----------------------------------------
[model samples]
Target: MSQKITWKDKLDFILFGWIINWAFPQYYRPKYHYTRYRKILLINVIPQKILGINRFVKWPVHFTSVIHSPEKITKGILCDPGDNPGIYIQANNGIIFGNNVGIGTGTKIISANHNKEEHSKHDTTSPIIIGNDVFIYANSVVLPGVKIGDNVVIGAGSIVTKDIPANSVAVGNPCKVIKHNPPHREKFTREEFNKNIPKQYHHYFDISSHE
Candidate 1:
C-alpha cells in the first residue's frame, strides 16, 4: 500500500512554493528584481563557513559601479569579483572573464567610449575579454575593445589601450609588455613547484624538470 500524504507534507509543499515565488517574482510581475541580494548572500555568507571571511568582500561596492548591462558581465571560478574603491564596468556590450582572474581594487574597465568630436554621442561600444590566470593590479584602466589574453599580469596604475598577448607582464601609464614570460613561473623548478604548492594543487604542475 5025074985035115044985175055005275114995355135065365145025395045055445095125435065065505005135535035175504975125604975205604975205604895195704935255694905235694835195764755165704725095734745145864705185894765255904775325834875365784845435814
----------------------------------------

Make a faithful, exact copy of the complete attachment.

[model samples]
Target: MSQKITWKDKLDFILFGWIINWAFPQYYRPKYHYTRYRKILLINVIPQKILGINRFVKWPVHFTSVIHSPEKITKGILCDPGDNPGIYIQANNGIIFGNNVGIGTGTKIISANHNKEEHSKHDTTSPIIIGNDVFIYANSVVLPGVKIGDNVVIGAGSIVTKDIPANSVAVGNPCKVIKHNPPHREKFTREEFNKNIPKQYHHYFDISSHE
Candidate 1:
C-alpha cells in the first residue's frame, strides 16, 4: 500500500512554493528584481563557513559601479569579483572573464567610449575579454575593445589601450609588455613547484624538470 500524504507534507509543499515565488517574482510581475541580494548572500555568507571571511568582500561596492548591462558581465571560478574603491564596468556590450582572474581594487574597465568630436554621442561600444590566470593590479584602466589574453599580469596604475598577448607582464601609464614570460613561473623548478604548492594543487604542475 5025074985035115044985175055005275114995355135065365145025395045055445095125435065065505005135535035175504975125604975205604975205604895195704935255694905235694835195764755165704725095734745145864705185894765255904775325834875365784845435814